2023 Polestar 2 BST 270 | UK Review

When a Suzuki Swift Sport can do 130mph and every EV SUV can rival a superbike away from the lights, a new electric performance car that doesn’t seek to boast (much) about its output is welcome. The Polestar 2 BST 270 is that car. It’s of particular interest when attention has been turned to fitting expensive chassis components instead, like custom Ohlins dampers (with simpler adjustability than the Performance Pack version), stiffer springs, a new strut brace and bespoke Pirelli tyres. The wheels hidden behind the black paint are forged alloys from the Polestar 1 super hybrid, too. Think of even recent specials where the chassis has been the focus rather than outright power – Audi RS4 Competition, the Ford ST Editions, the CS BMWs – and there’s cause to be optimistic about the BST. The standard car is pretty good already, lest we forget.  

Now, the 270 being an EV, there is a smidge bit more power than standard, but it’s only the 476hp upgrade that’s available to all 2s over the air now. It also shares the pre-update styling, and is quite a handsome beast in the metal, if not quite as arresting as the actual Beast concept that previewed this car at Goodwood a couple of years back. The 25mm lower ride height works wonders for the stance, the 2 now assuredly a sports saloon rather than a not-quite-crossover – even if the stripe and black accents maybe aren’t as successful. 

Like all the best enthusiast cars, the BST is crammed full of geeky details to gawp at and show off to friends: you won’t be able to resist popping the frunk and showing off the Ohlins, for example, which as remote reservoir items are adjustable right there and then rather than requiring the wheelarch lining to come off as in a Performance Pack car. (The rear dampers do still need more work, though). The gold calipers are beautiful, and the ‘POL’-branded Pirelli P Zero tyres are a neat touch. To those paying attention, the BST is clearly not just another EV, and that’s cool. Attention grabbing rather than attention seeking in the finest Scandinavian tradition.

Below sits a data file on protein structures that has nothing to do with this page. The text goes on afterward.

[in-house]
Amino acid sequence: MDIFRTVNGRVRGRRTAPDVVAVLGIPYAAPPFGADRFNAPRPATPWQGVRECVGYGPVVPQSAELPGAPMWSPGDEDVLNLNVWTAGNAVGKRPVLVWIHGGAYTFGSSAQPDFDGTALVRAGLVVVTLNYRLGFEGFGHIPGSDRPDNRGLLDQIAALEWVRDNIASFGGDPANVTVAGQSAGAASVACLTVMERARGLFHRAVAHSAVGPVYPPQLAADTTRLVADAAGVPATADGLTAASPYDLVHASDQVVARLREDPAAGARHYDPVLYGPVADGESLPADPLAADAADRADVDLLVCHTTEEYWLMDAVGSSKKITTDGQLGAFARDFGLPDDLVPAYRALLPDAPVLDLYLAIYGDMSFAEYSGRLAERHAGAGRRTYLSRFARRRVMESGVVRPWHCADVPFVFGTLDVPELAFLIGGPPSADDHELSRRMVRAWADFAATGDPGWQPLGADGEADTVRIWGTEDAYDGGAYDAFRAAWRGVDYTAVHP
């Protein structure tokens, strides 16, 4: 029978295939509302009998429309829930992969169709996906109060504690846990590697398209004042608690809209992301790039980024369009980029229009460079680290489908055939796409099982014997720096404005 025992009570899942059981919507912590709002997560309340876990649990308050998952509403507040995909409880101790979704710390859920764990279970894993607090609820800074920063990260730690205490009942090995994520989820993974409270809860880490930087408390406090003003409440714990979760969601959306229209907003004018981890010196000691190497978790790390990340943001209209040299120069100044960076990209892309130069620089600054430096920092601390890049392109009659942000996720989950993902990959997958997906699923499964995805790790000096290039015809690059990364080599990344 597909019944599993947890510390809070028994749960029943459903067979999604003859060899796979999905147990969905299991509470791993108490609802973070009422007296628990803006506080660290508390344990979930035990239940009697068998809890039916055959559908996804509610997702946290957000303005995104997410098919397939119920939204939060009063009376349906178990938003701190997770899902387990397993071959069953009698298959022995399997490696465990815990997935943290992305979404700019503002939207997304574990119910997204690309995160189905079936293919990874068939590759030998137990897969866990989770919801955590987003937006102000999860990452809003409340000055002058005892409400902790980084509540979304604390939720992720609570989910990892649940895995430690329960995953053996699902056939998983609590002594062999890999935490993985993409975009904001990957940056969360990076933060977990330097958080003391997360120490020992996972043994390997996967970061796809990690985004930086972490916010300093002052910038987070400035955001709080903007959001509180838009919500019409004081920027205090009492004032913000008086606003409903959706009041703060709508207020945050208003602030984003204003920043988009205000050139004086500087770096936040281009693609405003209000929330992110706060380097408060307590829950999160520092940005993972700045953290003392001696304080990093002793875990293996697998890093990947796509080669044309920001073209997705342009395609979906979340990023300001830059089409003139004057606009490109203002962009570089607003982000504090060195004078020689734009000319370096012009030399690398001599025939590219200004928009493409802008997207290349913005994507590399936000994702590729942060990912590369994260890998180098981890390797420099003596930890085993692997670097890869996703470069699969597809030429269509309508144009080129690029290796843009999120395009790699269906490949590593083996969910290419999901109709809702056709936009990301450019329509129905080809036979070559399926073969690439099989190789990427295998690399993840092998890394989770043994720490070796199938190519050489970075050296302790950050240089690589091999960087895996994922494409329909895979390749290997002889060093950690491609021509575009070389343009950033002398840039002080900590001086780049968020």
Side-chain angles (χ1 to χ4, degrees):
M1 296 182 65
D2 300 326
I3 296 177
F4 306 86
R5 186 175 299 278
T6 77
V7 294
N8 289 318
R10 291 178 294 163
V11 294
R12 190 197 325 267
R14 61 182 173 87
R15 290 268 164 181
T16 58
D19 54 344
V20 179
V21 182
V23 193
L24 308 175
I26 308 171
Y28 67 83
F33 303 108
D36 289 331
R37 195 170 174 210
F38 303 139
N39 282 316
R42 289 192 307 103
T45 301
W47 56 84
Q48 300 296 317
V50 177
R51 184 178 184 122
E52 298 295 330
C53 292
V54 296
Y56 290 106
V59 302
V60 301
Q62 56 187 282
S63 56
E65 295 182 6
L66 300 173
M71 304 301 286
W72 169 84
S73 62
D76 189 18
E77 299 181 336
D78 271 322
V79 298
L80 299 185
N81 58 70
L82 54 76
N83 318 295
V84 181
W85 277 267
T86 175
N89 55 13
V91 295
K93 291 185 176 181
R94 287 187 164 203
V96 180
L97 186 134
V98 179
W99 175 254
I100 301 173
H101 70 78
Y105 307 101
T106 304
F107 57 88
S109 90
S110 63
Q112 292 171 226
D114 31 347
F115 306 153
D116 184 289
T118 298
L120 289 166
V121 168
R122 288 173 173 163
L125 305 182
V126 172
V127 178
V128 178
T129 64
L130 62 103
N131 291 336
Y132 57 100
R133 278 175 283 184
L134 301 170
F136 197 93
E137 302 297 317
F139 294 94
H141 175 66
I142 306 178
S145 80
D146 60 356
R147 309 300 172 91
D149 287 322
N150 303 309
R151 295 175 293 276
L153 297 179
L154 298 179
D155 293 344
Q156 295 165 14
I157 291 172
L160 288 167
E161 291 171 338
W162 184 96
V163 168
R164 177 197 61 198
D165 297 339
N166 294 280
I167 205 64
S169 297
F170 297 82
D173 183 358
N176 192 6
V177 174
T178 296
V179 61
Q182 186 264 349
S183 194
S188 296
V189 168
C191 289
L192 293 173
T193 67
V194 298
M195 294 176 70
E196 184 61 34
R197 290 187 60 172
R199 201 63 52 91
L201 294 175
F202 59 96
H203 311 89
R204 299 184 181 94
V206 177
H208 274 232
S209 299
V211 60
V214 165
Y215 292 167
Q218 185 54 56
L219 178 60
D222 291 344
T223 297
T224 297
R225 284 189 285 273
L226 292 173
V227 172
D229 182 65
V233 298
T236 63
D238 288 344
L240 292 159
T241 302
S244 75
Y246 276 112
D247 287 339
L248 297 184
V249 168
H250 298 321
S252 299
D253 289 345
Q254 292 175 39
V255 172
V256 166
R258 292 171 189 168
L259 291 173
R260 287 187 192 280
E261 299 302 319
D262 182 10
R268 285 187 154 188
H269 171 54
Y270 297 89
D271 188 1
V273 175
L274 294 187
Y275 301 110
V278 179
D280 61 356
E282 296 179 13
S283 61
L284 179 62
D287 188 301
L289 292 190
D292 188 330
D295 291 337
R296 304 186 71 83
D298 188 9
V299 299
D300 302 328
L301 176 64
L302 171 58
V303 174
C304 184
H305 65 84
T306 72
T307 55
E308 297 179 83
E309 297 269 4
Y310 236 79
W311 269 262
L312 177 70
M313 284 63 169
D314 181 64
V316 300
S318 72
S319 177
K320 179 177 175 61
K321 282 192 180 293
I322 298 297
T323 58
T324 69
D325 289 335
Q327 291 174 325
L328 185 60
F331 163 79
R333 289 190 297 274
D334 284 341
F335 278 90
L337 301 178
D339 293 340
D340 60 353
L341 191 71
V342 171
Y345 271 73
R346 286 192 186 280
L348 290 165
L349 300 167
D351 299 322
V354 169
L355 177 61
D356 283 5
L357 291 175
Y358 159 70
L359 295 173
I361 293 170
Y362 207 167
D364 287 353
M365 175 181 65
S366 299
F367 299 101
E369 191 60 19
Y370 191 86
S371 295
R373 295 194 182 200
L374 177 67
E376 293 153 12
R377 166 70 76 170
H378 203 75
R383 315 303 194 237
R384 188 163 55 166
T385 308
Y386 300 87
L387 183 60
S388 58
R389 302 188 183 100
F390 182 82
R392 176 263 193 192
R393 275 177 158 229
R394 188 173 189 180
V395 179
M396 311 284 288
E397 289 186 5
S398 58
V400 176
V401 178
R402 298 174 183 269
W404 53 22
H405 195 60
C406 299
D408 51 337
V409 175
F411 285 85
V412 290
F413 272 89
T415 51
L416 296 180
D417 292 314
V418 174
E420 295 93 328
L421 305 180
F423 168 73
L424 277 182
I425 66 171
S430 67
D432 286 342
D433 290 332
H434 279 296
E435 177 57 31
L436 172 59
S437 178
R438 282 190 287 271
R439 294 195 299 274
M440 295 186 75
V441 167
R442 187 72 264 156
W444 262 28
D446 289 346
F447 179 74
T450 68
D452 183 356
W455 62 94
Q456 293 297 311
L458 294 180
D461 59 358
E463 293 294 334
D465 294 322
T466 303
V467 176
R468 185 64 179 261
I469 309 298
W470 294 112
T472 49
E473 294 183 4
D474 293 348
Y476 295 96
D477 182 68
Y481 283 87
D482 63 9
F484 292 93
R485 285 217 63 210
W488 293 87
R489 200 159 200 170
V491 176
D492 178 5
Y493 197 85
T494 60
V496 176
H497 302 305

The driving difference is noticeable immediately, as is so often the case when time and money has been lavished on the suspension. Of course, a back-to-back with normal 2s would be even more revealing, but while this 2 rides most tautly of all, it also offers a level of control and composure beyond even the Performance Pack cars. Despite chunky 21-inch wheels, the BST doesn’t thump or crash over imperfections around town, where memory suggests a normal 2 PP might have been more agitated. Though obviously not a direct rival, time spent straight after the Polestar in a Cupra Born showed how well damped the BST had been, the former clumsily smashing over the same bits of urban tarmac.  

Furthermore, like so many impressive passively suspended cars, the situation improves with speed. The 2 manages its considerable mass expertly, again to a level unknown in the standard car, and is especially well sorted when it comes to quick direction changes. There’s huge confidence to take from how flat it remains, with just enough feel through the seat of the pants to gauge what’s going on. There are more traditionally engaging ICE saloons, but its good going for an EV. And the fact you could tinker with the setup to your heart’s content (albeit with more effort than simply pushing a button) offers up a new dimension that no comparable car can offer. It’s easier forming a bond with a car that has your preferred compression and rebound settings for your favourite road dialled in rather than flicking a switch. Polestar says this is an EV for performance nerds, and if ever expensive Ohlins were going to appeal to an audience, clearly it’s us lot.